What’s good about induction cooktops vs the traditional types? If you’re researching info on a suitable new or replacement stove top, the following may help.
Compared to most standard stovetops, induction cookers can have temperature settings numbering to double digits. This means finer adjustment of the heating, especially compared to gas cooktops.
Induction cooking has a number of advantages, as given in my article covering the pros and cons of induction cooking. But here’s what sets it apart from traditional stovetops…
How induction differs from electric and gas
Controls and settings: For one, the controls and settings between conventional electric, gas, and induction cooktops differ.
Electric ranges are less responsive to adjustments than both gas ranges and induction cooktops.
Cookware: You need special cookware for induction cooktops. I give examples in my article on ceramic induction cookware. While you can use this special cookware on electric and gas cooktops as well, the thing is…you can’t use ordinary cookware on induction.
Heating efficiency: Induction heating can produce high temperatures efficiently. It uses less energy than traditional electric and gas stovetops. With induction, only the pans in contact with the surface are heated.
A traditional cooktop uses the radiant heating coming off the burner or hot place to heat the pan.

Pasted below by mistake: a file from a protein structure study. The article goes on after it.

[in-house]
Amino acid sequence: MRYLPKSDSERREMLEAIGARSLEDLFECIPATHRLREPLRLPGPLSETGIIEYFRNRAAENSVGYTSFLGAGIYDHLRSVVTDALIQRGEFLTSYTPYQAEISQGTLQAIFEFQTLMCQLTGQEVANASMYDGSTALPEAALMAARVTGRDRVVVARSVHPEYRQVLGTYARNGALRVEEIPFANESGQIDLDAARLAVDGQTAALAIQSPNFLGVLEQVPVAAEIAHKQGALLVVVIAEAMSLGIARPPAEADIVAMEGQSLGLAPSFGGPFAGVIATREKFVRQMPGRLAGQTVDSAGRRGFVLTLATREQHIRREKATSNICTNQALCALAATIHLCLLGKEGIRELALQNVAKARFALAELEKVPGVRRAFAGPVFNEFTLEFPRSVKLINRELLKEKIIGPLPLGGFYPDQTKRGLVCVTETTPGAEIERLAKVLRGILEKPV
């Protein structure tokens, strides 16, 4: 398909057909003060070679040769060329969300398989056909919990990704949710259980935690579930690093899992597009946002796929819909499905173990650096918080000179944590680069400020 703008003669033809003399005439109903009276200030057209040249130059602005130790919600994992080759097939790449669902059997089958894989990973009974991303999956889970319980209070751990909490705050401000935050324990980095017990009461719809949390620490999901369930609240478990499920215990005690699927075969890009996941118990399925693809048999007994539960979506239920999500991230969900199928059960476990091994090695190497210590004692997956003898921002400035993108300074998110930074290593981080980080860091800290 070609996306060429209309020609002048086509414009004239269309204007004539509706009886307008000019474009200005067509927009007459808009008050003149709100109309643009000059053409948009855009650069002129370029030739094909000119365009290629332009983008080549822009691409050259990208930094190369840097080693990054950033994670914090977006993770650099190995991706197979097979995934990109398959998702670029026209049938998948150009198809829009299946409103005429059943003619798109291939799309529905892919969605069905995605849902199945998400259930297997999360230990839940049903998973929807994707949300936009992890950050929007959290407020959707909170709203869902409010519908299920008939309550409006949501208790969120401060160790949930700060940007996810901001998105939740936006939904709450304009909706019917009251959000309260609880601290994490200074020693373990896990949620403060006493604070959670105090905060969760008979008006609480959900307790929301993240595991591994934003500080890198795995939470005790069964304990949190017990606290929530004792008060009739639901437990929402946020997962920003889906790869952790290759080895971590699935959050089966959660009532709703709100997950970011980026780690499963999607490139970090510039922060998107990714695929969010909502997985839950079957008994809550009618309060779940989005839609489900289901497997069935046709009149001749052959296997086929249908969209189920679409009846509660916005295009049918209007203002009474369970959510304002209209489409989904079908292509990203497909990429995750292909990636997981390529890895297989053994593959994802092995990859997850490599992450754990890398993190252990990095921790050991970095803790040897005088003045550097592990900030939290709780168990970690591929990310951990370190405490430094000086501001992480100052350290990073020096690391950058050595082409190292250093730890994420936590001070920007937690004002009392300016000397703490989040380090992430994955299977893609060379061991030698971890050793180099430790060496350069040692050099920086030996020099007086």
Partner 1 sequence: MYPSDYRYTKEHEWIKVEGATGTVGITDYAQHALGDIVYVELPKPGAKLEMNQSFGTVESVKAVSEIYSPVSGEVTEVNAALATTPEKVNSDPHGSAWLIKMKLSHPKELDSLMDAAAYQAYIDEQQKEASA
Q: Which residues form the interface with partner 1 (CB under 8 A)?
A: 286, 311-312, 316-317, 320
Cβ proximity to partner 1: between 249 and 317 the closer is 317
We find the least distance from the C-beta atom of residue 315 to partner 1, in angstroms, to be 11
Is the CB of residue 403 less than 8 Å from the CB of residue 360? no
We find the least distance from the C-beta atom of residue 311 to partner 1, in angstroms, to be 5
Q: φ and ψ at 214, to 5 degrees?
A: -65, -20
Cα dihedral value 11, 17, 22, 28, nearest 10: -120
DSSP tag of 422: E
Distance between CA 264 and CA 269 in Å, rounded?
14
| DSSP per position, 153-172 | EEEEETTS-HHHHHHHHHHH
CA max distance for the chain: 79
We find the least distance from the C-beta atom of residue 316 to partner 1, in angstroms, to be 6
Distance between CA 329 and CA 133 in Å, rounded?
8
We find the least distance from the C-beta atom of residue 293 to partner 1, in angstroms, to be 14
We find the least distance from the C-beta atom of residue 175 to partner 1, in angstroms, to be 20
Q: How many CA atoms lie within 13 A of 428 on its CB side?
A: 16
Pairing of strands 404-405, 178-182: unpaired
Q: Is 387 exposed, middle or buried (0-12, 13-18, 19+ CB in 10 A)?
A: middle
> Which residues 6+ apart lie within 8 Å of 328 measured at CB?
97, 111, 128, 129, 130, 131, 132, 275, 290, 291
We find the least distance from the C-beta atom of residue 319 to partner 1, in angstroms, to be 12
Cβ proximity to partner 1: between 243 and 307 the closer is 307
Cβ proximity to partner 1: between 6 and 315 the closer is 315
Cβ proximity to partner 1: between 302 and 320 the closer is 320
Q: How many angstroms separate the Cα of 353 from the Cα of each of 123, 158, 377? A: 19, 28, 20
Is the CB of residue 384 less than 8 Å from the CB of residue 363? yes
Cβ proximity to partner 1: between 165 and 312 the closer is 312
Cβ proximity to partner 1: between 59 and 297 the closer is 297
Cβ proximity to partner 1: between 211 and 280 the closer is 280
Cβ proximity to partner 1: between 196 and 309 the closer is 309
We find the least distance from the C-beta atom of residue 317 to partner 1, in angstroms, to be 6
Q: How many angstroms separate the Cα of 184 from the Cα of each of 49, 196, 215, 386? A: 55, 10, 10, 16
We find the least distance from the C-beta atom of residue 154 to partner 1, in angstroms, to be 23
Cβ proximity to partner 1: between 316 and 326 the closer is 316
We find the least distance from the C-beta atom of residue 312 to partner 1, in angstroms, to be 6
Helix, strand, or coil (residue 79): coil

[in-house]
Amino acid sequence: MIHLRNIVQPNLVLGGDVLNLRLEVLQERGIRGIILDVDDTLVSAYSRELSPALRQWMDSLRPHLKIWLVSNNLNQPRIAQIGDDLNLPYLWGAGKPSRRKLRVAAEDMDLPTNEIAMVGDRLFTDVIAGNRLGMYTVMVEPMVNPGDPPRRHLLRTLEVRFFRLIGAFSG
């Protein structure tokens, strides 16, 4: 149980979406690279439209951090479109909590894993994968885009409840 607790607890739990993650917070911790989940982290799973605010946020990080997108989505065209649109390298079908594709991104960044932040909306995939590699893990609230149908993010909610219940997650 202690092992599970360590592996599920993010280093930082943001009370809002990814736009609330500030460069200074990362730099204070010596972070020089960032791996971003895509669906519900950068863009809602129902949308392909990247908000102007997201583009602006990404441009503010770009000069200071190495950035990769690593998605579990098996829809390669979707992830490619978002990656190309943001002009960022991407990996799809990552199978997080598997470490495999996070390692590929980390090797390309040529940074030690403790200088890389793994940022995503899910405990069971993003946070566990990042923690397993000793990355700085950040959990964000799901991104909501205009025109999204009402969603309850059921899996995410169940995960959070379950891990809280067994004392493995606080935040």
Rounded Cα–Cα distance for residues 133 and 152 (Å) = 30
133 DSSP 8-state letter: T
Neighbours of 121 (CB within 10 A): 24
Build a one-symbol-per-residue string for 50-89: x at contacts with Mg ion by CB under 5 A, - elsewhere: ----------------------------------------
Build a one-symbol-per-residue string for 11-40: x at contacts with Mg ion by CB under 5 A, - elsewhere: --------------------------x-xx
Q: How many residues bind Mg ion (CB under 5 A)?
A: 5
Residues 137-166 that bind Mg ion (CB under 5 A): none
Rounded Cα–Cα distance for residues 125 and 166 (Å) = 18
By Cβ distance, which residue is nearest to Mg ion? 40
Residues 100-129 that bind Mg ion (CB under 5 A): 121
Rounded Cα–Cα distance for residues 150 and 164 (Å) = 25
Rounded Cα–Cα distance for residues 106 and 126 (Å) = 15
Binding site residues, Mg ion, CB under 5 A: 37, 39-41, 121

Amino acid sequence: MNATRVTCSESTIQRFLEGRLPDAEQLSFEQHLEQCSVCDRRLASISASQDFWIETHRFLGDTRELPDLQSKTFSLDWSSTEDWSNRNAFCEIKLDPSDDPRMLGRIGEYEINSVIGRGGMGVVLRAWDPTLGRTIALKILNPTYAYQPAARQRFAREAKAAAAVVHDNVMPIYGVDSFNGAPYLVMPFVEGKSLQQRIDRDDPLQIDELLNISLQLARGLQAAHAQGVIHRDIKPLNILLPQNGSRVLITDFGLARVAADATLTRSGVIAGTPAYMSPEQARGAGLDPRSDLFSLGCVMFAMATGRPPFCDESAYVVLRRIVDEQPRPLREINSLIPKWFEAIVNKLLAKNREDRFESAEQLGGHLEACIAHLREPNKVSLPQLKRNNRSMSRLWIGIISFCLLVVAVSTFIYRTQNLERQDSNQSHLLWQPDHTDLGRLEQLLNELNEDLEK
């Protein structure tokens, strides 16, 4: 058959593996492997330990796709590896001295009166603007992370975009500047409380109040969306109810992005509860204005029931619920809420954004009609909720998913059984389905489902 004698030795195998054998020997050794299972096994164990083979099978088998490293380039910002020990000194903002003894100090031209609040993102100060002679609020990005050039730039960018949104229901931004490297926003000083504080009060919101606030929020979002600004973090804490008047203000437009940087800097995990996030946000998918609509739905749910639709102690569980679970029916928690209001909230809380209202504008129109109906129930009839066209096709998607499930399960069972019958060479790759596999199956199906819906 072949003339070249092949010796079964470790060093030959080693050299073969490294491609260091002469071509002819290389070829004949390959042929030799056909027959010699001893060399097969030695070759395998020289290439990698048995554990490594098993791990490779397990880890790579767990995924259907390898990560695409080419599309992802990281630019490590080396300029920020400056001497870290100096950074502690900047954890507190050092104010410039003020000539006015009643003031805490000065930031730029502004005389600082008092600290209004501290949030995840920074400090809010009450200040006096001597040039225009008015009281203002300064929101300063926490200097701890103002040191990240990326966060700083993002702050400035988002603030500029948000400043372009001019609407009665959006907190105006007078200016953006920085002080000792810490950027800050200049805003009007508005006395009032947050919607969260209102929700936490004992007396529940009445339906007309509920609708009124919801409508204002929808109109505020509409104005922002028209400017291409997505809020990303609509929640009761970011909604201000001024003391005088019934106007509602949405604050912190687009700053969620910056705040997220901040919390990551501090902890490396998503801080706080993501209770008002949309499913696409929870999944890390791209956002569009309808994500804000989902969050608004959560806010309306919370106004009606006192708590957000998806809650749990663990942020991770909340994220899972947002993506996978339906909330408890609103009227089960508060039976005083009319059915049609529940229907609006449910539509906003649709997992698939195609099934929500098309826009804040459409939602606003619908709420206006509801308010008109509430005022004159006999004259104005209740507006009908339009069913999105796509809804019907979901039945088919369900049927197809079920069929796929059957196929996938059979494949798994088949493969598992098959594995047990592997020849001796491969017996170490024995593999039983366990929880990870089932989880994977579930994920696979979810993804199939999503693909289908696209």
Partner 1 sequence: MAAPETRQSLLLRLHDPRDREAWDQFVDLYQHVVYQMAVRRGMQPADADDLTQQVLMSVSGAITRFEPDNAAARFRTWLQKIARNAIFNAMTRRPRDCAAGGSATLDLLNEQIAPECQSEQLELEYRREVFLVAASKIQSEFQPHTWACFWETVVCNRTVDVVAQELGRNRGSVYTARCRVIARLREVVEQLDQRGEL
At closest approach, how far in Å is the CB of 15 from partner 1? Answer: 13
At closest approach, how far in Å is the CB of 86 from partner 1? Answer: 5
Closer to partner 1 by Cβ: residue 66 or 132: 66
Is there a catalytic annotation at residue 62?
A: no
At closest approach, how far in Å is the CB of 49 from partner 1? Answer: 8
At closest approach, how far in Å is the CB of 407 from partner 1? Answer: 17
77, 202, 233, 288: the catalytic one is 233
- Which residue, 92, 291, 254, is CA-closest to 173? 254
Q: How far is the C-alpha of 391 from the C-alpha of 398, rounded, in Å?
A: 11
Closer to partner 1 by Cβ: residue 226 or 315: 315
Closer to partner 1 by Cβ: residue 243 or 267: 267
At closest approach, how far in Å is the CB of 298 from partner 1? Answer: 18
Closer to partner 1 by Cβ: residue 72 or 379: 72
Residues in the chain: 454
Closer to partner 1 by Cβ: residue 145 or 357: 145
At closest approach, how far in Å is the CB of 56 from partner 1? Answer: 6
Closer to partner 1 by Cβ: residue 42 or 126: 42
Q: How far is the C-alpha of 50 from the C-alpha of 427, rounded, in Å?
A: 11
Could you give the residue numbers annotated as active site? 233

A gas range has open flames that produce the heat and that this heat is transferred to the pot or pan and then the food inside. This heating is inefficient in that it transfers to the surfaces beyong the cooking surface. This heat lost is energy wasted as it is consumed without contributing to the goal of cooking.
Electric stovetops are more efficient than gas ranges in heat transfer to the cooking pot or pan but are less efficient than induction cooktops in heating relative to energy expenditure.
Safety: In my article on using an induction cooktop I mention how induction cooktops are considered safe because the cooktop remains cool to touch. Only the area in contact with the pans gets heated (but as I wrote elsewhere, there can be some residual heat after cooking). This lowers the risk of prying little fingers getting burned.
A gas or electric range (radiant heat) will remain hot enough to cause burns for a considerable time after it is turned off.
Cleaning: Induction glass or ceramic tops are easy to clean and easier to keep clean, especially compared to gas cooktops and the older electric types. And a clean cooktop helps in caring for your cookware, keeping the base grime free and performing its best.
Induction vs radiant cooktop
A gas or electric range is a radiant cooktop and will remain hot enough to cause burns for a considerable time after it is turned off. With these, the heat radiates. These cooktops are capable of causing burns if they are inadvertently turned on when no pot or pan is on the surface.
It’s hard to miss a gas range burner when it is active, but since the cooking surface doesn’t get glowing hot, it’s hard to know it is still hot when the cooking is through.
An electrical range and has glowing coils and warning lights to let people know there is a hot surface.
Induction cooktops also have warning lights, but you probably wonder why if the surface isn’t supposed to get hot. It’s to warn of residual heat transference.